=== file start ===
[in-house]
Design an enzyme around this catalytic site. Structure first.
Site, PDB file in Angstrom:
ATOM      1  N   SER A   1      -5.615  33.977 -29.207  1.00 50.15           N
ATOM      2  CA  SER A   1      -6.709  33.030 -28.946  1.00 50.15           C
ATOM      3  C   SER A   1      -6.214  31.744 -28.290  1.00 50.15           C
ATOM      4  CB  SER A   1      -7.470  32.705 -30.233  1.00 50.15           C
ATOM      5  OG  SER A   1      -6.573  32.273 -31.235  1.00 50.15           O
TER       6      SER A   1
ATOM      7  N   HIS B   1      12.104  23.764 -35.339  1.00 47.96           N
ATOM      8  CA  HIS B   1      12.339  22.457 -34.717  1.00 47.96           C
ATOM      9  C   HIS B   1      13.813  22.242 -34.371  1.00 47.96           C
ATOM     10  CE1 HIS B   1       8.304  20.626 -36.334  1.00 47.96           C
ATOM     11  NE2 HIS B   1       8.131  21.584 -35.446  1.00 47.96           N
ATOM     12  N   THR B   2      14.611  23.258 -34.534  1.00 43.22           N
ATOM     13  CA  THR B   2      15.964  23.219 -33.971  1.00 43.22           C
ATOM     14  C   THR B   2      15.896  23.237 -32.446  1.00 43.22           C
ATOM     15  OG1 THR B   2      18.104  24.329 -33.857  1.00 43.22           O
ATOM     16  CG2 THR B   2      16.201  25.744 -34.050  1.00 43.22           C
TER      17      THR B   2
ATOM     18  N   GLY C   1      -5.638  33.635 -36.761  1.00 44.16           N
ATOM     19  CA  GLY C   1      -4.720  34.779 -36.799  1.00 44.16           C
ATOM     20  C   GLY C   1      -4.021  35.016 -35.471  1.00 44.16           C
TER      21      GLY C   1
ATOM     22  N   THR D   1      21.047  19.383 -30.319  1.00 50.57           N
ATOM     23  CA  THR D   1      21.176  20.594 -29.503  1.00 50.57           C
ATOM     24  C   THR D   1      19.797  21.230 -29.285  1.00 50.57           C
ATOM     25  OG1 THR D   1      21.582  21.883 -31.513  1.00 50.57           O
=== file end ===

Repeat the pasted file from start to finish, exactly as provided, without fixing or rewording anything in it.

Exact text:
[in-house]
Design an enzyme around this catalytic site. Structure first.
Site, PDB file in Angstrom:
ATOM      1  N   SER A   1      -5.615  33.977 -29.207  1.00 50.15           N
ATOM      2  CA  SER A   1      -6.709  33.030 -28.946  1.00 50.15           C
ATOM      3  C   SER A   1      -6.214  31.744 -28.290  1.00 50.15           C
ATOM      4  CB  SER A   1      -7.470  32.705 -30.233  1.00 50.15           C
ATOM      5  OG  SER A   1      -6.573  32.273 -31.235  1.00 50.15           O
TER       6      SER A   1
ATOM      7  N   HIS B   1      12.104  23.764 -35.339  1.00 47.96           N
ATOM      8  CA  HIS B   1      12.339  22.457 -34.717  1.00 47.96           C
ATOM      9  C   HIS B   1      13.813  22.242 -34.371  1.00 47.96           C
ATOM     10  CE1 HIS B   1       8.304  20.626 -36.334  1.00 47.96           C
ATOM     11  NE2 HIS B   1       8.131  21.584 -35.446  1.00 47.96           N
ATOM     12  N   THR B   2      14.611  23.258 -34.534  1.00 43.22           N
ATOM     13  CA  THR B   2      15.964  23.219 -33.971  1.00 43.22           C
ATOM     14  C   THR B   2      15.896  23.237 -32.446  1.00 43.22           C
ATOM     15  OG1 THR B   2      18.104  24.329 -33.857  1.00 43.22           O
ATOM     16  CG2 THR B   2      16.201  25.744 -34.050  1.00 43.22           C
TER      17      THR B   2
ATOM     18  N   GLY C   1      -5.638  33.635 -36.761  1.00 44.16           N
ATOM     19  CA  GLY C   1      -4.720  34.779 -36.799  1.00 44.16           C
ATOM     20  C   GLY C   1      -4.021  35.016 -35.471  1.00 44.16           C
TER      21      GLY C   1
ATOM     22  N   THR D   1      21.047  19.383 -30.319  1.00 50.57           N
ATOM     23  CA  THR D   1      21.176  20.594 -29.503  1.00 50.57           C
ATOM     24  C   THR D   1      19.797  21.230 -29.285  1.00 50.57           C
ATOM     25  OG1 THR D   1      21.582  21.883 -31.513  1.00 50.57           O